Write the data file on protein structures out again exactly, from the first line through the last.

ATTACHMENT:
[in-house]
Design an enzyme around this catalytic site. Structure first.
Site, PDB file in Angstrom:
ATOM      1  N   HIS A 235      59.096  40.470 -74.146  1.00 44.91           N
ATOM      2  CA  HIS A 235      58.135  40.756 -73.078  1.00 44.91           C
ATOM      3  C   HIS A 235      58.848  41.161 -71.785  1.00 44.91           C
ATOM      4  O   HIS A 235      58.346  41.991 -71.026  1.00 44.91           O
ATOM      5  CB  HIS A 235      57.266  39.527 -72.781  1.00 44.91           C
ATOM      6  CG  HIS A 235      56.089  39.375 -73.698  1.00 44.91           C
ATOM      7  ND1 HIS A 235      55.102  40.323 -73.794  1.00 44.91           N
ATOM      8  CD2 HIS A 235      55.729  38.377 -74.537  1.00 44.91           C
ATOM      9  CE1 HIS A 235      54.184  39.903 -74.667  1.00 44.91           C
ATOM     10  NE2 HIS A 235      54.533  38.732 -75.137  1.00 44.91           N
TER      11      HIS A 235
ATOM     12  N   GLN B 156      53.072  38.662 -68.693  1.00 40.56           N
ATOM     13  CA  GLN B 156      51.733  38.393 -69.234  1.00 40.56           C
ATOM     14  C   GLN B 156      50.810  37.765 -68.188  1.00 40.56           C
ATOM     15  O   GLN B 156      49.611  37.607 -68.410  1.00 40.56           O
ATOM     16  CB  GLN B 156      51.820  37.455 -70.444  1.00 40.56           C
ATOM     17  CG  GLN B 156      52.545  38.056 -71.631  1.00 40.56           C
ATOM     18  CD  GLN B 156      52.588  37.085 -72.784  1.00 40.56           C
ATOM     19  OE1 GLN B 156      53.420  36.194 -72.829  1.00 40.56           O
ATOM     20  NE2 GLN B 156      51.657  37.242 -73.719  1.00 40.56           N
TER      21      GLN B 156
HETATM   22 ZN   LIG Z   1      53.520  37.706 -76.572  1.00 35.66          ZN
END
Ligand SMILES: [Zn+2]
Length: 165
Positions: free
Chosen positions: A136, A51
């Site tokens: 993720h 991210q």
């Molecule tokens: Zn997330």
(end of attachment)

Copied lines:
[in-house]
Design an enzyme around this catalytic site. Structure first.
Site, PDB file in Angstrom:
ATOM      1  N   HIS A 235      59.096  40.470 -74.146  1.00 44.91           N
ATOM      2  CA  HIS A 235      58.135  40.756 -73.078  1.00 44.91           C
ATOM      3  C   HIS A 235      58.848  41.161 -71.785  1.00 44.91           C
ATOM      4  O   HIS A 235      58.346  41.991 -71.026  1.00 44.91           O
ATOM      5  CB  HIS A 235      57.266  39.527 -72.781  1.00 44.91           C
ATOM      6  CG  HIS A 235      56.089  39.375 -73.698  1.00 44.91           C
ATOM      7  ND1 HIS A 235      55.102  40.323 -73.794  1.00 44.91           N
ATOM      8  CD2 HIS A 235      55.729  38.377 -74.537  1.00 44.91           C
ATOM      9  CE1 HIS A 235      54.184  39.903 -74.667  1.00 44.91           C
ATOM     10  NE2 HIS A 235      54.533  38.732 -75.137  1.00 44.91           N
TER      11      HIS A 235
ATOM     12  N   GLN B 156      53.072  38.662 -68.693  1.00 40.56           N
ATOM     13  CA  GLN B 156      51.733  38.393 -69.234  1.00 40.56           C
ATOM     14  C   GLN B 156      50.810  37.765 -68.188  1.00 40.56           C
ATOM     15  O   GLN B 156      49.611  37.607 -68.410  1.00 40.56           O
ATOM     16  CB  GLN B 156      51.820  37.455 -70.444  1.00 40.56           C
ATOM     17  CG  GLN B 156      52.545  38.056 -71.631  1.00 40.56           C
ATOM     18  CD  GLN B 156      52.588  37.085 -72.784  1.00 40.56           C
ATOM     19  OE1 GLN B 156      53.420  36.194 -72.829  1.00 40.56           O
ATOM     20  NE2 GLN B 156      51.657  37.242 -73.719  1.00 40.56           N
TER      21      GLN B 156
HETATM   22 ZN   LIG Z   1      53.520  37.706 -76.572  1.00 35.66          ZN
END
Ligand SMILES: [Zn+2]
Length: 165
Positions: free
Chosen positions: A136, A51
């Site tokens: 993720h 991210q």
């Molecule tokens: Zn997330």